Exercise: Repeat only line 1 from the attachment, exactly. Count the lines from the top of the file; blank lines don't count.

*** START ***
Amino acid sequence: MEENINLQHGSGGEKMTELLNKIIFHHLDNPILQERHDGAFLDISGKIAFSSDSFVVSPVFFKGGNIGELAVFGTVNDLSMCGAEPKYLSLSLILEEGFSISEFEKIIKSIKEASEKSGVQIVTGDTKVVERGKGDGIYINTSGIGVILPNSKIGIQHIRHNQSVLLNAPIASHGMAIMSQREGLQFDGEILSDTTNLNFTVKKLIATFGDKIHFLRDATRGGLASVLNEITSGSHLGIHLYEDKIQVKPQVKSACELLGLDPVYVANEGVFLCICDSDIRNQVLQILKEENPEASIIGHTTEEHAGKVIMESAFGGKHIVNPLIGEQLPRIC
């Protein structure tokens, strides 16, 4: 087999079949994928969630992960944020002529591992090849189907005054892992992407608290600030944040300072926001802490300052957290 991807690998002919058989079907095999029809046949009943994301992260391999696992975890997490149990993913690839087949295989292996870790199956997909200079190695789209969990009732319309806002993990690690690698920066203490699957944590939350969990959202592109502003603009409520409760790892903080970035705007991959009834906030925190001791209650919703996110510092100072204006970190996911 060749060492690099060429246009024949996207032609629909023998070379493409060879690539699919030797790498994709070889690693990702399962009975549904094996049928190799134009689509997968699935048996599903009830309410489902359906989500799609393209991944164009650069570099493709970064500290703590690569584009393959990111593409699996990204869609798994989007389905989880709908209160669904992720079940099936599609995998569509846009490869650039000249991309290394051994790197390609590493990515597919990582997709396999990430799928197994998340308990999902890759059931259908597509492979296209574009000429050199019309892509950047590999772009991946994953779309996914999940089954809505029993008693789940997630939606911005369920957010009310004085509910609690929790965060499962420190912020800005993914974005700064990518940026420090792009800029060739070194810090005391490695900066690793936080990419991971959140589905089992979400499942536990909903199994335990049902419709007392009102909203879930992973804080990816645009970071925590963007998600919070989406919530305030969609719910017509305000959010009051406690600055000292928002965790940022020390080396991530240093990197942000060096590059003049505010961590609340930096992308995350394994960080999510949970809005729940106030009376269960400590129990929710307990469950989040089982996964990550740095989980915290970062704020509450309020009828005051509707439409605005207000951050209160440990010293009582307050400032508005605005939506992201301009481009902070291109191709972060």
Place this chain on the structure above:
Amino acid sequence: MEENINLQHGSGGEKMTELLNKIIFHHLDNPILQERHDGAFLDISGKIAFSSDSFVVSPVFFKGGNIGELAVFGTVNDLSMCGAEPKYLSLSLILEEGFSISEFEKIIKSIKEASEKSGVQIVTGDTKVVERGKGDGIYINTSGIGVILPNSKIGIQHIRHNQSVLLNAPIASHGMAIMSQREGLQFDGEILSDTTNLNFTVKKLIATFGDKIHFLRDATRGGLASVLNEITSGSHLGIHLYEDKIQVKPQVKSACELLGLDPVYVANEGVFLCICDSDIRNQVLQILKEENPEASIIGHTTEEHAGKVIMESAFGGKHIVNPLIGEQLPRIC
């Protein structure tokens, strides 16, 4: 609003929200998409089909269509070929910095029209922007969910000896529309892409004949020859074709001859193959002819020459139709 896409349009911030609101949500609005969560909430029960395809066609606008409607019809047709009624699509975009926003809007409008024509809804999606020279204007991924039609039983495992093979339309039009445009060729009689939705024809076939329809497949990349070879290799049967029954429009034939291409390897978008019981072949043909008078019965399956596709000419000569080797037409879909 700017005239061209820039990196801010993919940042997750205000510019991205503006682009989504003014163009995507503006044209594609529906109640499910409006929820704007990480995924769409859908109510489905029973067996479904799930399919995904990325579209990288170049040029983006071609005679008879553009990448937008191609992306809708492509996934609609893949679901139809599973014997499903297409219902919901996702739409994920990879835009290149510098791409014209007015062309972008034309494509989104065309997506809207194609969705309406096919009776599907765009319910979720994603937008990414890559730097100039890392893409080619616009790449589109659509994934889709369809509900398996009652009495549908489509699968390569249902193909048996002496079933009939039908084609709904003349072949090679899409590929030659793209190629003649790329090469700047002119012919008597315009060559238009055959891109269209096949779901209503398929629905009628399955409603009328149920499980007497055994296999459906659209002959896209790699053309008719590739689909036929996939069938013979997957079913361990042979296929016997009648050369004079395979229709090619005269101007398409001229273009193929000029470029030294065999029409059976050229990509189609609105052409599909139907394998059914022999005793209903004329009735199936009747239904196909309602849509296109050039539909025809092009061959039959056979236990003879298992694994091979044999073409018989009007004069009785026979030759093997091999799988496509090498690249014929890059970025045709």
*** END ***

Amino acid sequence: MEENINLQHGSGGEKMTELLNKIIFHHLDNPILQERHDGAFLDISGKIAFSSDSFVVSPVFFKGGNIGELAVFGTVNDLSMCGAEPKYLSLSLILEEGFSISEFEKIIKSIKEASEKSGVQIVTGDTKVVERGKGDGIYINTSGIGVILPNSKIGIQHIRHNQSVLLNAPIASHGMAIMSQREGLQFDGEILSDTTNLNFTVKKLIATFGDKIHFLRDATRGGLASVLNEITSGSHLGIHLYEDKIQVKPQVKSACELLGLDPVYVANEGVFLCICDSDIRNQVLQILKEENPEASIIGHTTEEHAGKVIMESAFGGKHIVNPLIGEQLPRIC